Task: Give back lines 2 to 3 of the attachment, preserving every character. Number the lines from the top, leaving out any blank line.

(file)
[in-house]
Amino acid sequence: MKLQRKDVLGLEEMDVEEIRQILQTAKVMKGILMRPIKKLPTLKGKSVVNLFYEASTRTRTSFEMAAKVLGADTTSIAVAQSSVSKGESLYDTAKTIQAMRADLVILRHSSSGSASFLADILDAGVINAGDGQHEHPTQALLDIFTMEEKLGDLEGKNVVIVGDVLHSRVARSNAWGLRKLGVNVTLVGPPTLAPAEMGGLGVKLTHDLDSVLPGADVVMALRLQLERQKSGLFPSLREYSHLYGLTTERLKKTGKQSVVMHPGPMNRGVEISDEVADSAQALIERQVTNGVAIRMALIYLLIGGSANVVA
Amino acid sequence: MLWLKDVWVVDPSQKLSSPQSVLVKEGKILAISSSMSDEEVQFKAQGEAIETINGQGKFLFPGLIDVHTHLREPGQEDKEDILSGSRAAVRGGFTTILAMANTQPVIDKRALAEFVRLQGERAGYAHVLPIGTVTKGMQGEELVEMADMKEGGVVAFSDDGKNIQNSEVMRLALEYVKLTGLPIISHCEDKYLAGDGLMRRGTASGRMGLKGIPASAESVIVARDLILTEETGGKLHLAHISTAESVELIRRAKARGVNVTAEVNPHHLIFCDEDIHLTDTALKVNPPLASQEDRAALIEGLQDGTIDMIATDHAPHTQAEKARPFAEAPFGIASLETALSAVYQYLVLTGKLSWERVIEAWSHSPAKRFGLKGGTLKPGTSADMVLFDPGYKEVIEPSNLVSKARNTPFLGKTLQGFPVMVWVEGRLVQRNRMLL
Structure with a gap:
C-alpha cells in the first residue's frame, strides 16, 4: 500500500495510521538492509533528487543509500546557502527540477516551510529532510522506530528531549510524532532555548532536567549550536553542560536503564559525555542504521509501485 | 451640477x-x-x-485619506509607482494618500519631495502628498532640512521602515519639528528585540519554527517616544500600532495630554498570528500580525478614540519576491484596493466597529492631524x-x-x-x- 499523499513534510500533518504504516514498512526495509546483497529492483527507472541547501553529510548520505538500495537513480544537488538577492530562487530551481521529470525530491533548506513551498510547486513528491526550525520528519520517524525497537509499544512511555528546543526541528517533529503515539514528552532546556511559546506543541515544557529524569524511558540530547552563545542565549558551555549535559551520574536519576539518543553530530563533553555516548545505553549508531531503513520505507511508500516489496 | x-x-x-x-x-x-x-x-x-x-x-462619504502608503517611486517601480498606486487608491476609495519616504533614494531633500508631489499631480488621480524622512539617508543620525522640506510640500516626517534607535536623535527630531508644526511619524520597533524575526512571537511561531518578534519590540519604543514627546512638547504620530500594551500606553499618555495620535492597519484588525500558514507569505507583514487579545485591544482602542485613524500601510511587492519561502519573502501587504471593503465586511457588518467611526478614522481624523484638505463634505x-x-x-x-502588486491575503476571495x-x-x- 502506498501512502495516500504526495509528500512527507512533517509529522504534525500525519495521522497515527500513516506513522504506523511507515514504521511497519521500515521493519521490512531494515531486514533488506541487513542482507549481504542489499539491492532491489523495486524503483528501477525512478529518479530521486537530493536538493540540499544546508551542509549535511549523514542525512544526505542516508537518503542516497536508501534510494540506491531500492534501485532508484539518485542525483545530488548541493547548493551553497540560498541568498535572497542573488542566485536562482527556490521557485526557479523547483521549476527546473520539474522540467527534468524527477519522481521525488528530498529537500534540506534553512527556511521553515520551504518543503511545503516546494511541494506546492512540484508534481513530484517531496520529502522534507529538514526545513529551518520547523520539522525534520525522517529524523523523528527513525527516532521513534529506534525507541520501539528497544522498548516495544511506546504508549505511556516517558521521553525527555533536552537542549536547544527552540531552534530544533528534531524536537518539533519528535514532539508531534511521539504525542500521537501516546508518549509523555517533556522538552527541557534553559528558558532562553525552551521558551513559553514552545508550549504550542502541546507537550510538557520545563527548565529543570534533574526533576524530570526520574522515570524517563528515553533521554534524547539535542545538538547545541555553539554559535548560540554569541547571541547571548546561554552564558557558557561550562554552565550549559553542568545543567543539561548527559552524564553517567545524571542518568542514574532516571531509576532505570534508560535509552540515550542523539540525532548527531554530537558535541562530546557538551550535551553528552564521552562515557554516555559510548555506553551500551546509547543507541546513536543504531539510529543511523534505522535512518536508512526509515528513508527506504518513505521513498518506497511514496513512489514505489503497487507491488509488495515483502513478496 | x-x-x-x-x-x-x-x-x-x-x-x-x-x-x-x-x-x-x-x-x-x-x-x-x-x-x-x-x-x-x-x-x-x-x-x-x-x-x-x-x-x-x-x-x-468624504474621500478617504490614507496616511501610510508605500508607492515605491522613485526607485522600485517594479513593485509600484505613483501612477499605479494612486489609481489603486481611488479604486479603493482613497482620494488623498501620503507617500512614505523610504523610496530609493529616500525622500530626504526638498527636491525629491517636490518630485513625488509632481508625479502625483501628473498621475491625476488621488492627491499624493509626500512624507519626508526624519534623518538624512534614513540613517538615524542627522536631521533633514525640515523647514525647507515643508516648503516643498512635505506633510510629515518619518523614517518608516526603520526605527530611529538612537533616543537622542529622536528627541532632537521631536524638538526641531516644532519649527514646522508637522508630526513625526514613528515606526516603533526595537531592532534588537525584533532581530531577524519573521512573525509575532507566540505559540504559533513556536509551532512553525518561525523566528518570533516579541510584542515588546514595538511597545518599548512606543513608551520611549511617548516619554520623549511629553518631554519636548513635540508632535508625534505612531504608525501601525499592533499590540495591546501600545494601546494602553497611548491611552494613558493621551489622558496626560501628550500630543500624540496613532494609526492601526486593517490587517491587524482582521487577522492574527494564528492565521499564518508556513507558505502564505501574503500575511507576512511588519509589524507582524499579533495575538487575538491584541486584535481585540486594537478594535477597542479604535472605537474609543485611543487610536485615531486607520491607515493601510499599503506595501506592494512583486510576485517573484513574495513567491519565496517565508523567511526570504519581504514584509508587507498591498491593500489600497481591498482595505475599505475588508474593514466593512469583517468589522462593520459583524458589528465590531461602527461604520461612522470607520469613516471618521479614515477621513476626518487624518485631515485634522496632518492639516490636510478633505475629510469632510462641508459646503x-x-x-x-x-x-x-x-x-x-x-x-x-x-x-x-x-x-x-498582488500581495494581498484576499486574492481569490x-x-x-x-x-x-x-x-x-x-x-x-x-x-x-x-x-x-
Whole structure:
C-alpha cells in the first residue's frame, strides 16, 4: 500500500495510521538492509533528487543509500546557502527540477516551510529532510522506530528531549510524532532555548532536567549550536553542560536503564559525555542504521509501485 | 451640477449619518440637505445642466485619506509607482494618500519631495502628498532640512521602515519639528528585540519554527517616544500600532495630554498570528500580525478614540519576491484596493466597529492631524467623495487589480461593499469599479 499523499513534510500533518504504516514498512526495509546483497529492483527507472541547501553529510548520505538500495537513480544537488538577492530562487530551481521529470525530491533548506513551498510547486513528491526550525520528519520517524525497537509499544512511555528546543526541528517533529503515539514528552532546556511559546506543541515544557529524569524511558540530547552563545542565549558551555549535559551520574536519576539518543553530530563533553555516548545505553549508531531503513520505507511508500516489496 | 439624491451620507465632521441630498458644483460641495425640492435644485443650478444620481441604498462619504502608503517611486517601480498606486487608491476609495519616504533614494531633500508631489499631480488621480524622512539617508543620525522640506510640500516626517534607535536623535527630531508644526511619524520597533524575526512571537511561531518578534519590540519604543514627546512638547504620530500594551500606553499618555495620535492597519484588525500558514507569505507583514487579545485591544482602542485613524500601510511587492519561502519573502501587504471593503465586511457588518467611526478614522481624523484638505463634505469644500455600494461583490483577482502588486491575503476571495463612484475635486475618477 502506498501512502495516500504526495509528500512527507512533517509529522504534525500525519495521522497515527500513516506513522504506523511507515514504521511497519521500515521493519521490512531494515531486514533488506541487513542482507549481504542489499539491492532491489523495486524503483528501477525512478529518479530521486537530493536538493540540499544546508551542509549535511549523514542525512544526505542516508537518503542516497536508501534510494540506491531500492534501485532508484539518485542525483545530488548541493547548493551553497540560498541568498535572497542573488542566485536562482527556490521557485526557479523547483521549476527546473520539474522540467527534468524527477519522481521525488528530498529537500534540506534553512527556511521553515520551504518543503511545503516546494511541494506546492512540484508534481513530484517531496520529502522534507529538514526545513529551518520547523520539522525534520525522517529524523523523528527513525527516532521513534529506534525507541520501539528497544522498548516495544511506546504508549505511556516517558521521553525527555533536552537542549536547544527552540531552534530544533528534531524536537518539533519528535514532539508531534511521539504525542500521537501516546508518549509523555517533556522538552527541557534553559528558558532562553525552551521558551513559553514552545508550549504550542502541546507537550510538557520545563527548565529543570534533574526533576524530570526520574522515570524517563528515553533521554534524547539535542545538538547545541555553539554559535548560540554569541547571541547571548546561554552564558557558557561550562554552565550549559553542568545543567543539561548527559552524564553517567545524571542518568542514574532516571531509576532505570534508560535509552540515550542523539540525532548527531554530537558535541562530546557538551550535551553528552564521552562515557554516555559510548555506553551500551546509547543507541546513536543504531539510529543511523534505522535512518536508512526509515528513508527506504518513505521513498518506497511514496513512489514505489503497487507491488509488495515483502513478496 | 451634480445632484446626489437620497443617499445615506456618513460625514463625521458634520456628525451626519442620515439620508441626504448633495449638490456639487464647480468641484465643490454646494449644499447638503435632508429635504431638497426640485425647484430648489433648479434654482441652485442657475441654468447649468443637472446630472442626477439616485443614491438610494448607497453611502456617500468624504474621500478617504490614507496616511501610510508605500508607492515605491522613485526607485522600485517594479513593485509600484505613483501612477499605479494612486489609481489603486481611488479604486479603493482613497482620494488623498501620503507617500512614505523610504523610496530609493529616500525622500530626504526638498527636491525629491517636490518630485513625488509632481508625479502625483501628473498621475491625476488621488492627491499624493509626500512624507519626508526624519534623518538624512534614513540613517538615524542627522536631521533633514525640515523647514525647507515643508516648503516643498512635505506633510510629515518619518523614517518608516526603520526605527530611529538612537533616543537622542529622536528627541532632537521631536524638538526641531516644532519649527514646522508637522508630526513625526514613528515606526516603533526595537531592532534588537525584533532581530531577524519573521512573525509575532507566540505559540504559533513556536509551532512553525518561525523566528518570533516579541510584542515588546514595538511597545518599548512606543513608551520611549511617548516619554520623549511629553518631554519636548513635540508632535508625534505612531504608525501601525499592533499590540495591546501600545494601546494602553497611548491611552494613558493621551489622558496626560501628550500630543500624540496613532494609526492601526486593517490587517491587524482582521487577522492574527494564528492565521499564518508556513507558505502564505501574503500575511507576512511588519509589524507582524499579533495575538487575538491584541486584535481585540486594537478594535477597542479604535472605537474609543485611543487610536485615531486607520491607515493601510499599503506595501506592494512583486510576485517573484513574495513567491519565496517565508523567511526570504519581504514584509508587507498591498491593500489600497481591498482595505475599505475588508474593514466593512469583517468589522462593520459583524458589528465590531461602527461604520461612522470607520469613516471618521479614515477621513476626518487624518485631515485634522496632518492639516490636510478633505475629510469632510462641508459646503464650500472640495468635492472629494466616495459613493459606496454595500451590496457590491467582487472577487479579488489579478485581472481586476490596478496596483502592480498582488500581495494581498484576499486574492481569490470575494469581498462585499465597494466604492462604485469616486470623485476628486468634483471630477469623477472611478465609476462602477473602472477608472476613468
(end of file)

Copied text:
Amino acid sequence: MKLQRKDVLGLEEMDVEEIRQILQTAKVMKGILMRPIKKLPTLKGKSVVNLFYEASTRTRTSFEMAAKVLGADTTSIAVAQSSVSKGESLYDTAKTIQAMRADLVILRHSSSGSASFLADILDAGVINAGDGQHEHPTQALLDIFTMEEKLGDLEGKNVVIVGDVLHSRVARSNAWGLRKLGVNVTLVGPPTLAPAEMGGLGVKLTHDLDSVLPGADVVMALRLQLERQKSGLFPSLREYSHLYGLTTERLKKTGKQSVVMHPGPMNRGVEISDEVADSAQALIERQVTNGVAIRMALIYLLIGGSANVVA
Amino acid sequence: MLWLKDVWVVDPSQKLSSPQSVLVKEGKILAISSSMSDEEVQFKAQGEAIETINGQGKFLFPGLIDVHTHLREPGQEDKEDILSGSRAAVRGGFTTILAMANTQPVIDKRALAEFVRLQGERAGYAHVLPIGTVTKGMQGEELVEMADMKEGGVVAFSDDGKNIQNSEVMRLALEYVKLTGLPIISHCEDKYLAGDGLMRRGTASGRMGLKGIPASAESVIVARDLILTEETGGKLHLAHISTAESVELIRRAKARGVNVTAEVNPHHLIFCDEDIHLTDTALKVNPPLASQEDRAALIEGLQDGTIDMIATDHAPHTQAEKARPFAEAPFGIASLETALSAVYQYLVLTGKLSWERVIEAWSHSPAKRFGLKGGTLKPGTSADMVLFDPGYKEVIEPSNLVSKARNTPFLGKTLQGFPVMVWVEGRLVQRNRMLL